Chocolate pain perdu recipe

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serves: 8
Skill: easy
Cost: cheap
Prep: 10 min
Cooking: 30 min

Nutrition per portion

Calories 307 kCal 15%
Fat 12g 17%
  -  Saturates 6.5g 33%
Carbohydrates 38g 15%
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  • This chocolate pain perdu can be served as a dessert or an indulgent brunch. Made with melted chocolate, chocolate chip brioche rolls, and apricot jam.

    Our chocolate pain perdu is easy to prepare ahead and is ready in just three simple steps. We recommend using an ovenproof dish that’s nice enough to bring to the table as it’s ideal to share with up to eight people. You can make this dessert in advance and store it in the fridge until ready to cook.


    • 75g chopped dried apricots
    • 1tbsp rum
    • 8 chocolate chip brioche rolls
    • 100g apricot jam
    • 15g cocoa powder
    • 4 eggs
    • 250ml full-fat milk
    • 30g (1oz) chocolate, melted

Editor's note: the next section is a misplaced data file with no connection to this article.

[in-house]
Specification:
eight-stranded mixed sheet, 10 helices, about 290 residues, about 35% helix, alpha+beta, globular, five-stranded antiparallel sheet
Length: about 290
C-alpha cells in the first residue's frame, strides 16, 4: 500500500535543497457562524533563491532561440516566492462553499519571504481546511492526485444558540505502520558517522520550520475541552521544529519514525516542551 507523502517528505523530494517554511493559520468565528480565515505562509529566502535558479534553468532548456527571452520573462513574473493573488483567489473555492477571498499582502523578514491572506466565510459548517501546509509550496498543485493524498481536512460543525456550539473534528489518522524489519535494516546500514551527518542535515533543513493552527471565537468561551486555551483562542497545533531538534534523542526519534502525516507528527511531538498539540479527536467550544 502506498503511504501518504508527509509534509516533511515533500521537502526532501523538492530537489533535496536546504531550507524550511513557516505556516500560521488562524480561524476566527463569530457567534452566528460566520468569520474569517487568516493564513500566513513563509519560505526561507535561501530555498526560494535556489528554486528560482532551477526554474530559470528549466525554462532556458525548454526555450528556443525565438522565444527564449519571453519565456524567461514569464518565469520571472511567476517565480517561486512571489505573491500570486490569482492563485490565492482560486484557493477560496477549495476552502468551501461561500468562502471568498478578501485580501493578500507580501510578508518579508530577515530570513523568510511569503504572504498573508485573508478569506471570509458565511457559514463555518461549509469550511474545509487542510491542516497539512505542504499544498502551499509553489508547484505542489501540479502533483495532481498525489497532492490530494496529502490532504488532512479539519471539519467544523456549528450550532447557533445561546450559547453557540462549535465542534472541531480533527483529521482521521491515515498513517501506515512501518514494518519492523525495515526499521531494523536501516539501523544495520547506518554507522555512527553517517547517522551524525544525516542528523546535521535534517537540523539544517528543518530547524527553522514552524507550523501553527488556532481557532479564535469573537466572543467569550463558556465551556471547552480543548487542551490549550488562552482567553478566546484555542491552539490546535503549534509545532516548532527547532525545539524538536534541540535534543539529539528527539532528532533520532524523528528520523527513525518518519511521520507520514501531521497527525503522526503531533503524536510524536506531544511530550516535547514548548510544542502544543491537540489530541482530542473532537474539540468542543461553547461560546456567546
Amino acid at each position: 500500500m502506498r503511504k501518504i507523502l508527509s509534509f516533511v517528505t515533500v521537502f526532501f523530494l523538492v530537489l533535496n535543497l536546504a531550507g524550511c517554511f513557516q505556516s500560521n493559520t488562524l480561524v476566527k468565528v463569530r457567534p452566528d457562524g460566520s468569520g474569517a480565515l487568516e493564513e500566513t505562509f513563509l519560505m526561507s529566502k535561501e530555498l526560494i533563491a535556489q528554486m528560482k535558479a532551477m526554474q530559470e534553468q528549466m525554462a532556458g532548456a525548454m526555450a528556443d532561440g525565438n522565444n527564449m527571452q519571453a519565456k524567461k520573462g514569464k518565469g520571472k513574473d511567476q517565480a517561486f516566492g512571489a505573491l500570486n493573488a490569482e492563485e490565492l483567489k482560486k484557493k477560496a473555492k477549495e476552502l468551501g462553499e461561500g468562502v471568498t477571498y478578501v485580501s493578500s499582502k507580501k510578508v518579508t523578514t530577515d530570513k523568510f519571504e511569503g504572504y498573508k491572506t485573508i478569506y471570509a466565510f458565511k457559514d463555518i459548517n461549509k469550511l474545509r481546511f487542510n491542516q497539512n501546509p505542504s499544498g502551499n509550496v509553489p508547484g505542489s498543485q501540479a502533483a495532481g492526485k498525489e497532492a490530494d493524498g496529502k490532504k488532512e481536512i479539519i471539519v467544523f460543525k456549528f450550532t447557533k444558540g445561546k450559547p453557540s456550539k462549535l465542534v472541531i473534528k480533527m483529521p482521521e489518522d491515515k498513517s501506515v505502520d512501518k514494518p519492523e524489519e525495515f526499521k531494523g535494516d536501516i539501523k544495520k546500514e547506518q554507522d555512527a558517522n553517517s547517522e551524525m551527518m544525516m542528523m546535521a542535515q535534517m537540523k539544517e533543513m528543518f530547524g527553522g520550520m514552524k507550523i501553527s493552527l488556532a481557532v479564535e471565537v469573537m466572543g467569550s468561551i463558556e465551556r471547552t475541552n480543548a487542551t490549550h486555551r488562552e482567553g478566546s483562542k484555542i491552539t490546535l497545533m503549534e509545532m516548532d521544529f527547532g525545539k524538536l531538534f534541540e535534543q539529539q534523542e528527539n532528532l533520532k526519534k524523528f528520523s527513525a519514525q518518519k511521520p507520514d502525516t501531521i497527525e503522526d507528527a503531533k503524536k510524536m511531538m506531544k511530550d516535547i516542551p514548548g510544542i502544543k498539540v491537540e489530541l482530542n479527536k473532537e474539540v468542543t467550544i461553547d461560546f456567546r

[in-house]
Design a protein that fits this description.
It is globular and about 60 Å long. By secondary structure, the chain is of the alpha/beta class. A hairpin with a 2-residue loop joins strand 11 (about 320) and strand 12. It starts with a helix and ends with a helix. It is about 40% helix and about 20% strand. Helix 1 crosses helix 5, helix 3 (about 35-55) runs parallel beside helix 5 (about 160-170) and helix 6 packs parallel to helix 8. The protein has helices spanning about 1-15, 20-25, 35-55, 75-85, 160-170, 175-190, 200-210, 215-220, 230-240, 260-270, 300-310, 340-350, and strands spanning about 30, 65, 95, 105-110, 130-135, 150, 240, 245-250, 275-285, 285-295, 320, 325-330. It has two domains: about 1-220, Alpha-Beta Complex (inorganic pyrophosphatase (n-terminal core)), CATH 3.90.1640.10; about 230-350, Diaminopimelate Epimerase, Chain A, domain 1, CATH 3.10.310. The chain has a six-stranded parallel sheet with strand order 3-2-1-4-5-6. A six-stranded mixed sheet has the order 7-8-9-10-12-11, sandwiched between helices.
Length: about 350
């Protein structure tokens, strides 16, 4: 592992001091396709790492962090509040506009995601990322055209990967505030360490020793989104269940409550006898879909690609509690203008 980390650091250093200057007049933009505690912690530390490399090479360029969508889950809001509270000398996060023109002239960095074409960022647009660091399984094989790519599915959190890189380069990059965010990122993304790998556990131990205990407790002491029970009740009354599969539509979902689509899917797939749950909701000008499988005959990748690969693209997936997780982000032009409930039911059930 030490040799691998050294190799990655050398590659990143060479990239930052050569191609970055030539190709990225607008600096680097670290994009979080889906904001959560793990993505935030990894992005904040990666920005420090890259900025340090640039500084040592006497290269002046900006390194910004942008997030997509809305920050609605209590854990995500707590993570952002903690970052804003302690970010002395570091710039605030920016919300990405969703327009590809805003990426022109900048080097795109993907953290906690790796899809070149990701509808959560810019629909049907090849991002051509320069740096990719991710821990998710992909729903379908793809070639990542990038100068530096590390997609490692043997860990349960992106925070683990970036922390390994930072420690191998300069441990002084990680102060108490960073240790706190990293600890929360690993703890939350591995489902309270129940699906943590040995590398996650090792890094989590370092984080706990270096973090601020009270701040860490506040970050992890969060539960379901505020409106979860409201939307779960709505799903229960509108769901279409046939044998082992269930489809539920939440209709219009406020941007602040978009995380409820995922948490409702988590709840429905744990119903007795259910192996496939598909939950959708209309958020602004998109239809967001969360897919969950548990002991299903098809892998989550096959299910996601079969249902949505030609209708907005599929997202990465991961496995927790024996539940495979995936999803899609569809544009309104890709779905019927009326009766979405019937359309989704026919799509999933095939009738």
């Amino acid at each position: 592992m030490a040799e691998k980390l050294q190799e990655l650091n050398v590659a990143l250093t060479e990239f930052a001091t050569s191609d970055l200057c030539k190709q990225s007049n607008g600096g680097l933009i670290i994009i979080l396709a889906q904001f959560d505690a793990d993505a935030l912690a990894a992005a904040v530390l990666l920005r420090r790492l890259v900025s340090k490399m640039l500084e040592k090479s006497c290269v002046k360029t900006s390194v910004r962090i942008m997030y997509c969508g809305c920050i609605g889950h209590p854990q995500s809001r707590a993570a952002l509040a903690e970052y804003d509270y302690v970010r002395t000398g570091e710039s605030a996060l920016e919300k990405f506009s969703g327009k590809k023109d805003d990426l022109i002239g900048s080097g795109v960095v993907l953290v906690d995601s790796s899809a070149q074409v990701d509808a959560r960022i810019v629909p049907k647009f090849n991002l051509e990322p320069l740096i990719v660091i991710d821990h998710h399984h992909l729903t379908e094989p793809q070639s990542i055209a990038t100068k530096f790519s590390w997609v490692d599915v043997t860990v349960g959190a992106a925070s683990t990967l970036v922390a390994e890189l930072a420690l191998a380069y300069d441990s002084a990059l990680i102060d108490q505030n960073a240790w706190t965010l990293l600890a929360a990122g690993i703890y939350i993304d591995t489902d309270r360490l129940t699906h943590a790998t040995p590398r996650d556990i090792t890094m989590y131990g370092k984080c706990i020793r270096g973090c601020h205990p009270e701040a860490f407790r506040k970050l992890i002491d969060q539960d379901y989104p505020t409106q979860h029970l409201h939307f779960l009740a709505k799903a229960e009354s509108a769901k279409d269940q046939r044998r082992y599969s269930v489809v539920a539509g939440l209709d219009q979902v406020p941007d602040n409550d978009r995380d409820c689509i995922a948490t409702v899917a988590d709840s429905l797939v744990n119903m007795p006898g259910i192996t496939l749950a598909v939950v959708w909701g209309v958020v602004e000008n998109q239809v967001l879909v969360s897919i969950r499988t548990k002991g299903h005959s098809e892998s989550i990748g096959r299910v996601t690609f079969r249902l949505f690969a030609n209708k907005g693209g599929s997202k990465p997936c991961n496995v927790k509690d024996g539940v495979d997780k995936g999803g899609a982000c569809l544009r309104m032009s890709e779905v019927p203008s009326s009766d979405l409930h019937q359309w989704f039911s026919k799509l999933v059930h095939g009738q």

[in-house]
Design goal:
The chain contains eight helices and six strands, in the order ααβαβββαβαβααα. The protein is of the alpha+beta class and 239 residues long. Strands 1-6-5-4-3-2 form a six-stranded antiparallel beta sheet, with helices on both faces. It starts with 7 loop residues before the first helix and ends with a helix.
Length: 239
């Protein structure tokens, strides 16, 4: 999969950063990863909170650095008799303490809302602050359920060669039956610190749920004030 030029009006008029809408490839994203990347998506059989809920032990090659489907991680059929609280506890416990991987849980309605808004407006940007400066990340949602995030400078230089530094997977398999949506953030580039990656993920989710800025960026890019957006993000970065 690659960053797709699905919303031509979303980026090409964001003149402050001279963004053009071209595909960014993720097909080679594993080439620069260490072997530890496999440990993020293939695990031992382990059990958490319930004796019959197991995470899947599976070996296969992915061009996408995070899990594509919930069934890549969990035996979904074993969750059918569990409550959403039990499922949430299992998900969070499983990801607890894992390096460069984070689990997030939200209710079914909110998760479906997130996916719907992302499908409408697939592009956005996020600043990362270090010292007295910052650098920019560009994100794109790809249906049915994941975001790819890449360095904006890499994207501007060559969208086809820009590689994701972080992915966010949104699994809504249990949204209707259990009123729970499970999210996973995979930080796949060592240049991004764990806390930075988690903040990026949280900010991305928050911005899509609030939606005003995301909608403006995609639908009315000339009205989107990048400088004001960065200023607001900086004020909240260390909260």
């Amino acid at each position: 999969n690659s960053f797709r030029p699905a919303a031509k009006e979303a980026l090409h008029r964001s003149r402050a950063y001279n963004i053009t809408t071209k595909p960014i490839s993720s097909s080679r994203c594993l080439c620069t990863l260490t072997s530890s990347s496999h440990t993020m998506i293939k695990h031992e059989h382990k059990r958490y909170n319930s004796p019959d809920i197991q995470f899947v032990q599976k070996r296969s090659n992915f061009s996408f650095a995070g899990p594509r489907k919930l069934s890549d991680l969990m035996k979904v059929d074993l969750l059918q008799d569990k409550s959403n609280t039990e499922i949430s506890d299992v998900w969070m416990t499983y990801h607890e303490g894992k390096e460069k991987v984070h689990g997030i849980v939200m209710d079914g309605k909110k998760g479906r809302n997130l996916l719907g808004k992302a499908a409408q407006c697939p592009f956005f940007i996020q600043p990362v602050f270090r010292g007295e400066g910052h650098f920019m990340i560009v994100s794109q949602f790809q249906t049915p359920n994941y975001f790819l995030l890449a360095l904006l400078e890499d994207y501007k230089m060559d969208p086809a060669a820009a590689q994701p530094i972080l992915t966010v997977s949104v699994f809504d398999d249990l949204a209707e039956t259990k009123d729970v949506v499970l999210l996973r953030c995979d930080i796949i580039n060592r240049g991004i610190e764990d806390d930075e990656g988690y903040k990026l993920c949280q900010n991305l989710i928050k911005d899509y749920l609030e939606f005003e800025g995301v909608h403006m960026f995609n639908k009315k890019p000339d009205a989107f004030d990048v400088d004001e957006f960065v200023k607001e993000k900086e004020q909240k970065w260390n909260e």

• You will need:
    • ovenproof dish 25x20cm(10x8in)


    • Heat the oven to 180C/Gas 4. Pour the rum over the apricot pieces and set them aside to infuse.

    • Grease the tray with butter or oil. Tear each brioche bun into about 5 pieces and cover the base with the torn pieces. Dollop over splodges of the apricot jam.

    • Use a whisk to beat the egg and cocoa powder together. Once smooth add the milk and 1/4tsp sea salt, mix to combine. Add in the apricot pieces with any excess rum and pour over the brioche. Bake for 30 mins. Before serving drizzle over the melted chocolate, serve warm.

    Top tips for making chocolate pain perdu:

    • This is a great recipe for using up brioche that is a little stale. If you haven't got the chocolate chip brioche, just use some roughly chopped chocolate instead.
    • You could also make this recipe using stale croissants and serve it as an indulgent boozy brunch

    What does pain perdu mean?

    From French to English it translates as 'lost bread'. In France, pain perdu is a dish that most people in the UK would recognize as French toast. The main difference between French toast and pain perdu is the style of bread used. However, this recipe is Deputy Food Editor Rose Fooks' interpretation of the classic.

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